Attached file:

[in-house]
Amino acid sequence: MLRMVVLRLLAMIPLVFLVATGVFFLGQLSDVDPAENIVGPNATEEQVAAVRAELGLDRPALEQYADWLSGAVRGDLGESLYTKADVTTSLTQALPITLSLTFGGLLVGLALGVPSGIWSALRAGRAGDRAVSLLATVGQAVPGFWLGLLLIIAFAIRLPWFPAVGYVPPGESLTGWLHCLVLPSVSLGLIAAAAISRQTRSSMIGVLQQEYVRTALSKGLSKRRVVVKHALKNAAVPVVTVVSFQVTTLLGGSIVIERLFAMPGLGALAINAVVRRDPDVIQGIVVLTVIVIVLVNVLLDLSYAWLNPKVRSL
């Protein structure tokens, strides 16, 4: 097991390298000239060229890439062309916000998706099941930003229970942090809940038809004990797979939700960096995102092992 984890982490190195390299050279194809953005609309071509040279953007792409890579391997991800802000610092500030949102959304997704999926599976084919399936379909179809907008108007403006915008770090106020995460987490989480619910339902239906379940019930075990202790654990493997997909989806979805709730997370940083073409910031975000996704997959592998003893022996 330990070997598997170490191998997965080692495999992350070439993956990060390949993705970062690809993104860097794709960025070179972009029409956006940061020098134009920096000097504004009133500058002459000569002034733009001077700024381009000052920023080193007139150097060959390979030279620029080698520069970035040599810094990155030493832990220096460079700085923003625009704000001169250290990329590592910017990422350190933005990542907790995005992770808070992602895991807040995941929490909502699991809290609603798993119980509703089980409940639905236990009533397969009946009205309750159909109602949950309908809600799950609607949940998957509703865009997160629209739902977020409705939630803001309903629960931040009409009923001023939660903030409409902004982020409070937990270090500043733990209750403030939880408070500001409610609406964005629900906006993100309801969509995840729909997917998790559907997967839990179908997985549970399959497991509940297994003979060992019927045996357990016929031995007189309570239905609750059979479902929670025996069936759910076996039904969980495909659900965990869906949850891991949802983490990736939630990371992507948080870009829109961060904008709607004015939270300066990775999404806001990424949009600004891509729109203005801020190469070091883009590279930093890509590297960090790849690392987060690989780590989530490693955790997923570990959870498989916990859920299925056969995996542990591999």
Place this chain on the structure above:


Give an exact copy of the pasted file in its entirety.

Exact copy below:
[in-house]
Amino acid sequence: MLRMVVLRLLAMIPLVFLVATGVFFLGQLSDVDPAENIVGPNATEEQVAAVRAELGLDRPALEQYADWLSGAVRGDLGESLYTKADVTTSLTQALPITLSLTFGGLLVGLALGVPSGIWSALRAGRAGDRAVSLLATVGQAVPGFWLGLLLIIAFAIRLPWFPAVGYVPPGESLTGWLHCLVLPSVSLGLIAAAAISRQTRSSMIGVLQQEYVRTALSKGLSKRRVVVKHALKNAAVPVVTVVSFQVTTLLGGSIVIERLFAMPGLGALAINAVVRRDPDVIQGIVVLTVIVIVLVNVLLDLSYAWLNPKVRSL
């Protein structure tokens, strides 16, 4: 097991390298000239060229890439062309916000998706099941930003229970942090809940038809004990797979939700960096995102092992 984890982490190195390299050279194809953005609309071509040279953007792409890579391997991800802000610092500030949102959304997704999926599976084919399936379909179809907008108007403006915008770090106020995460987490989480619910339902239906379940019930075990202790654990493997997909989806979805709730997370940083073409910031975000996704997959592998003893022996 330990070997598997170490191998997965080692495999992350070439993956990060390949993705970062690809993104860097794709960025070179972009029409956006940061020098134009920096000097504004009133500058002459000569002034733009001077700024381009000052920023080193007139150097060959390979030279620029080698520069970035040599810094990155030493832990220096460079700085923003625009704000001169250290990329590592910017990422350190933005990542907790995005992770808070992602895991807040995941929490909502699991809290609603798993119980509703089980409940639905236990009533397969009946009205309750159909109602949950309908809600799950609607949940998957509703865009997160629209739902977020409705939630803001309903629960931040009409009923001023939660903030409409902004982020409070937990270090500043733990209750403030939880408070500001409610609406964005629900906006993100309801969509995840729909997917998790559907997967839990179908997985549970399959497991509940297994003979060992019927045996357990016929031995007189309570239905609750059979479902929670025996069936759910076996039904969980495909659900965990869906949850891991949802983490990736939630990371992507948080870009829109961060904008709607004015939270300066990775999404806001990424949009600004891509729109203005801020190469070091883009590279930093890509590297960090790849690392987060690989780590989530490693955790997923570990959870498989916990859920299925056969995996542990591999």
Place this chain on the structure above: